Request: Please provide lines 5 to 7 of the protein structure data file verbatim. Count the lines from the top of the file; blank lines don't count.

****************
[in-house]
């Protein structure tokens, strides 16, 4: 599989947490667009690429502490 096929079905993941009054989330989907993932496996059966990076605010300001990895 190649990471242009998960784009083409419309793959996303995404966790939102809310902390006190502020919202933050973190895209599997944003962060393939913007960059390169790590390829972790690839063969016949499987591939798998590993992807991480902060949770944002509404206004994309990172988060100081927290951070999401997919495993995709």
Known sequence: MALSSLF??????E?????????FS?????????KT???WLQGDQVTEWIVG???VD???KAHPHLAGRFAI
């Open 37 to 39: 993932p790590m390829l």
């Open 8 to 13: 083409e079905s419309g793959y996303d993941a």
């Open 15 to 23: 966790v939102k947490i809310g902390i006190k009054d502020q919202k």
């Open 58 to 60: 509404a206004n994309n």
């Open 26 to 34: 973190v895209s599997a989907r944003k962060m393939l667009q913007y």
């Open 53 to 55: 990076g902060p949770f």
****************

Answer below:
């Open 8 to 13: 083409e079905s419309g793959y996303d993941a």
């Open 15 to 23: 966790v939102k947490i809310g902390i006190k009054d502020q919202k």
């Open 58 to 60: 509404a206004n994309n």